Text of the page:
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Differences Between Vinyl & Full Custom Body Paint on an RV

When purchasing a new RV or trying to improve the looks of an older camper, one of the big questions you’ll encounter is whether you should use a gel-coat with vinyl graphics or a full custom body paint on the vehicle’s exterior. The following is a quick look at the differences between these two options to better help you decide what’s best for you and your RV:

The Differences Between Vinyl & Full Custom Body Paint on an RV

The Basics of Vinyl

Vinyl graphics may be applied with the gel-coat in specific areas or they may be available as a full wrap that covers the entire surface of your RV. Vinyl provides great protection against scratches and nicks commonly caused by things like loose gravel kicked up from side roads. However, the primary benefit and leading reason many RV buyers choose vinyl over full custom body paint is that this option tends to be less expensive than a custom body paint job.

However, with that low costs also comes a lower lifespan. Even with proper waxing and general maintenance, vinyl decals and full vinyl coverings generally have about a five-year lifespan before owners will start to see signs of wear and tear like peeling, chipping, and blistering.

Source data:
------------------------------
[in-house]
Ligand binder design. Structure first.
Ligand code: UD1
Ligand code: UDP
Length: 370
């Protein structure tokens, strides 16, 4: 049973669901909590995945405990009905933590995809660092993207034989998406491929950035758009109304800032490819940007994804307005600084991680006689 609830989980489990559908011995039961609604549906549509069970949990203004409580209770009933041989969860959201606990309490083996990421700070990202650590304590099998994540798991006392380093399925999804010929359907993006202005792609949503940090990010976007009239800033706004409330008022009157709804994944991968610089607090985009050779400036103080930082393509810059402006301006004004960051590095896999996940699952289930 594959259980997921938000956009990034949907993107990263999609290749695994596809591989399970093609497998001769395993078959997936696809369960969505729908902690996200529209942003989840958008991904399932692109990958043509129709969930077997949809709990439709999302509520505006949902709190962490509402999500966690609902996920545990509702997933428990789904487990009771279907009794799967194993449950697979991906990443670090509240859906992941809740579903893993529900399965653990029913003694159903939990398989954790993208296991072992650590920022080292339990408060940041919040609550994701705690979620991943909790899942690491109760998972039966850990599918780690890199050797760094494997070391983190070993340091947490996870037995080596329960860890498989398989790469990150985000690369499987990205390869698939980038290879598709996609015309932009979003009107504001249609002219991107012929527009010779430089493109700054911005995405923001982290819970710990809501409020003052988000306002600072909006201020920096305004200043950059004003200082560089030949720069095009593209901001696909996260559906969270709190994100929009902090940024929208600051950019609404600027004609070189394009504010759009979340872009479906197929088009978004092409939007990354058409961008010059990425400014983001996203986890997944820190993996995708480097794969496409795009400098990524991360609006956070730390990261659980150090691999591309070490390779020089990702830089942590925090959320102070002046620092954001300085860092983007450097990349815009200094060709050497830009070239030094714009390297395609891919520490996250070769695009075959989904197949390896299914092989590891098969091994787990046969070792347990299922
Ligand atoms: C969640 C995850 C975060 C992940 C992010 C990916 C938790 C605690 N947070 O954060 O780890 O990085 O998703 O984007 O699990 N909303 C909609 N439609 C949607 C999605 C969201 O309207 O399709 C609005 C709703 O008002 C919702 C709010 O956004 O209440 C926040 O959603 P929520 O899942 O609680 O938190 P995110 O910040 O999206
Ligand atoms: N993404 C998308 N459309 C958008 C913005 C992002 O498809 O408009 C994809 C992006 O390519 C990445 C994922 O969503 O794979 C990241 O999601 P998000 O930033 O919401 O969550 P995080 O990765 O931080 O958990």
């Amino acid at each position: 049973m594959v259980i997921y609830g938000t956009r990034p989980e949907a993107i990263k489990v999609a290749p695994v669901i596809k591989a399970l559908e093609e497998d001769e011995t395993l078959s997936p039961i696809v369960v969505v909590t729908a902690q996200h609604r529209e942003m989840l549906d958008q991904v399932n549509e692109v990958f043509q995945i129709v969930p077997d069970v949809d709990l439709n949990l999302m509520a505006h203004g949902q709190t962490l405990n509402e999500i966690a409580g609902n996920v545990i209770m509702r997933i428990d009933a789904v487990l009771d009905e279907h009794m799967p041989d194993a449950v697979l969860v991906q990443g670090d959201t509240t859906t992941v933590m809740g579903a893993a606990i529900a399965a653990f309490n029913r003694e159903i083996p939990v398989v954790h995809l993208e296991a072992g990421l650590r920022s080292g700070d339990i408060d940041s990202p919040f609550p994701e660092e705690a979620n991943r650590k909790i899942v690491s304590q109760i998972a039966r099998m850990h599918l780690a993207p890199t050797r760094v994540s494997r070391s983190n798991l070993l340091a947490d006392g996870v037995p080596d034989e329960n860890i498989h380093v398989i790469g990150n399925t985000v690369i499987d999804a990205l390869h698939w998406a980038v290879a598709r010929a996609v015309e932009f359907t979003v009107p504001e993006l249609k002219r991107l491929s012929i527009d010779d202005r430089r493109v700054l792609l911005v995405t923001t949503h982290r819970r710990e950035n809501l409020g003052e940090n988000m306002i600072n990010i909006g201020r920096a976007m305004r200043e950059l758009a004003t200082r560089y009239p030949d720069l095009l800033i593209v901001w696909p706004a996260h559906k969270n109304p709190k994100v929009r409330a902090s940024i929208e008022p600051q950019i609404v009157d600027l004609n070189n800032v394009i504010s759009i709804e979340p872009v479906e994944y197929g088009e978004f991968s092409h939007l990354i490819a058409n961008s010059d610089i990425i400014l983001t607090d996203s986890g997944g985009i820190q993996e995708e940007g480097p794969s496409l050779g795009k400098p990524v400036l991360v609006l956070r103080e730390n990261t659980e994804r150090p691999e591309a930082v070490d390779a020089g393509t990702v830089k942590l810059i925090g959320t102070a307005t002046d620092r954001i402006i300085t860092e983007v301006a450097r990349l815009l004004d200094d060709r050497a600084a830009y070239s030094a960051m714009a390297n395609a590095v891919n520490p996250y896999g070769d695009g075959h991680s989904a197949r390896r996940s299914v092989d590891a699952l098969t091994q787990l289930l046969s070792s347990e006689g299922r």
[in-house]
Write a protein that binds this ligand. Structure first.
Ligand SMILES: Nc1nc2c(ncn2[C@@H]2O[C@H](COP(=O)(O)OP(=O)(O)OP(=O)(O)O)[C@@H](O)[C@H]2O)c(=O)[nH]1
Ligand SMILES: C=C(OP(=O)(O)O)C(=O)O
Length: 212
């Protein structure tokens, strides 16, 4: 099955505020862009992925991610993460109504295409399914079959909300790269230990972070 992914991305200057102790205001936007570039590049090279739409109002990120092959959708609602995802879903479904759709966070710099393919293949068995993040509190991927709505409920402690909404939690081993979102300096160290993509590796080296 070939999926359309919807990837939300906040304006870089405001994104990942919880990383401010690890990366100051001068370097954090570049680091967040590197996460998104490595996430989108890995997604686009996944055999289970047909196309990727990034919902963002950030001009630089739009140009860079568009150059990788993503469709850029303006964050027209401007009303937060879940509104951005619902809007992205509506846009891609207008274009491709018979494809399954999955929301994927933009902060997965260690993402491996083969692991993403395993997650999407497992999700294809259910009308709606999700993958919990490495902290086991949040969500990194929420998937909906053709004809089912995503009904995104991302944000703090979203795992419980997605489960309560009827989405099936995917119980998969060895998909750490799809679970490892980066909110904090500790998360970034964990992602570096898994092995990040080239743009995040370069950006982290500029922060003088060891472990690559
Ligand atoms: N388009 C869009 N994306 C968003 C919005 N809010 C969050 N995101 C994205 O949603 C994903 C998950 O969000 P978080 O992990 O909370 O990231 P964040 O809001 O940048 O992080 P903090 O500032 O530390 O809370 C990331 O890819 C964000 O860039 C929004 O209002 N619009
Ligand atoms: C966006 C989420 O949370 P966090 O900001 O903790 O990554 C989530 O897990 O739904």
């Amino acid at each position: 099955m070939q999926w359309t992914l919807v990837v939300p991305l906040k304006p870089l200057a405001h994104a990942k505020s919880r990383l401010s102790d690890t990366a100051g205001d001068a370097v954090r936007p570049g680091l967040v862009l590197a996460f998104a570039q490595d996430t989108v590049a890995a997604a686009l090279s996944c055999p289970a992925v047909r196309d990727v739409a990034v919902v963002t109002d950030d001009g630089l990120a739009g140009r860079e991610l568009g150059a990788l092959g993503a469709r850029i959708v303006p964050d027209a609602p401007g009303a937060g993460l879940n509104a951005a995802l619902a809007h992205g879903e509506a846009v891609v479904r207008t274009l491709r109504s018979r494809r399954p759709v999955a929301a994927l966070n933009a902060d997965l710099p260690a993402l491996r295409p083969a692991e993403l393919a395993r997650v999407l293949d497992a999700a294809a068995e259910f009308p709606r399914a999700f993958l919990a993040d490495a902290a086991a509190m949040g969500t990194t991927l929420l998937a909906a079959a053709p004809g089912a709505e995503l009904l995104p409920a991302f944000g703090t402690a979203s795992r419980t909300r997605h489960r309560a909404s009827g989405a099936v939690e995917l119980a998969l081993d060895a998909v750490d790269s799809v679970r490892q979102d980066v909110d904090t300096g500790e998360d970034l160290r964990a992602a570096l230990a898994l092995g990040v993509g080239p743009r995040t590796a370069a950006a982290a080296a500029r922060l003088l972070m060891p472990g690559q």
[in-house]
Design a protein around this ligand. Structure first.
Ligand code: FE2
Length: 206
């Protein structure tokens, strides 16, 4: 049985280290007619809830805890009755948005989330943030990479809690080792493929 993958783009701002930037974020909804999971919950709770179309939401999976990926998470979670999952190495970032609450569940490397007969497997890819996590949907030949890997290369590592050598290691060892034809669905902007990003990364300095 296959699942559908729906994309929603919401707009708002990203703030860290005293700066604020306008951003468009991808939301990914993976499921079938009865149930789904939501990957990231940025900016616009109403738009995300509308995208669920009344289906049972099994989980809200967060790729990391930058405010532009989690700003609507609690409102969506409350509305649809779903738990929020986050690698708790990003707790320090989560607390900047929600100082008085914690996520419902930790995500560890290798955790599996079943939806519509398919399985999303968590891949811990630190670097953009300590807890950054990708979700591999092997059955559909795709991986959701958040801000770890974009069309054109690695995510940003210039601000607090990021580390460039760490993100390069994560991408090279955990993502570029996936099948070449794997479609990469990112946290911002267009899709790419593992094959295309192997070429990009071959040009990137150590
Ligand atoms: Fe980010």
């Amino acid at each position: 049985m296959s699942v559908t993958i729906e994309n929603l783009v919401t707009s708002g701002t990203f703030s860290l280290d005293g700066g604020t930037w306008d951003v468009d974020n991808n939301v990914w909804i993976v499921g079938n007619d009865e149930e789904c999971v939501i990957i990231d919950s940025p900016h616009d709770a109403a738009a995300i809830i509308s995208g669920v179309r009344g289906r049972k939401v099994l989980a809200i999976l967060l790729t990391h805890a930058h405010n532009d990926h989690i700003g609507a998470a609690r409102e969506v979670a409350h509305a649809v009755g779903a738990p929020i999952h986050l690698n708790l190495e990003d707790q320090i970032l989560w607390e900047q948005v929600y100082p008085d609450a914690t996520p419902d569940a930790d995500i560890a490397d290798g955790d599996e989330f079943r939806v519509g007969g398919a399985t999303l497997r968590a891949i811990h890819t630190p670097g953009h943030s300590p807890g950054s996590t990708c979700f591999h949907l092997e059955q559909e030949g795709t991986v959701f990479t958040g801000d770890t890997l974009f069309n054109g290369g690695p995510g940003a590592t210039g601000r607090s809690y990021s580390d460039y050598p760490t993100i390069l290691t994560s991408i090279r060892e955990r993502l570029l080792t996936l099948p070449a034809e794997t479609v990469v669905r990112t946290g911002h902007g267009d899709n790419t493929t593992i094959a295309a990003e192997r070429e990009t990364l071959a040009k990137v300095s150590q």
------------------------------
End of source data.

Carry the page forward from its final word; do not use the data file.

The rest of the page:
The Basics of Full Custom Body Paint

A full custom body paint project on an RV may take more time (vinyl coverings can generally be done in a week) and cost more, but many owners feel the results are well worth it. A professional body painting on an RV has a significantly longer lifespan so that not only will owners benefit from such an investment for longer than five years, but that investment will hold up and will boost the model’s resale value.

Furthermore, full paint jobs on RVs are low maintenance and need to be waxed just once a year with a simple soap and water routine in between. Plus, as long as a quality paint brand and composite was used, RV paint is much better equipped to withstand sun damage than vinyls which will often fade after just a couple years of use in direct sunlight.

However, one situation where vinyl coverings may be a better buy is if you plan on doing a lot of ‘boondocking’ in which the RV will frequently be brushed against branches and driven across bad road situations. This is because paint tends to be slightly less resistant against scratching than vinyl and so those who often go well off the beaten path may find themselves needing touch-up paint jobs more often than the owner of the vinyl-covered RV.

Learn More by Contacting Premier Coach Works

The decision to commit to a full custom body paint job on an RV is a big one and our team is here to answer any questions you might have about the process, our artists, and our paint guarantees. Learn more by visiting us or calling one of our team members today.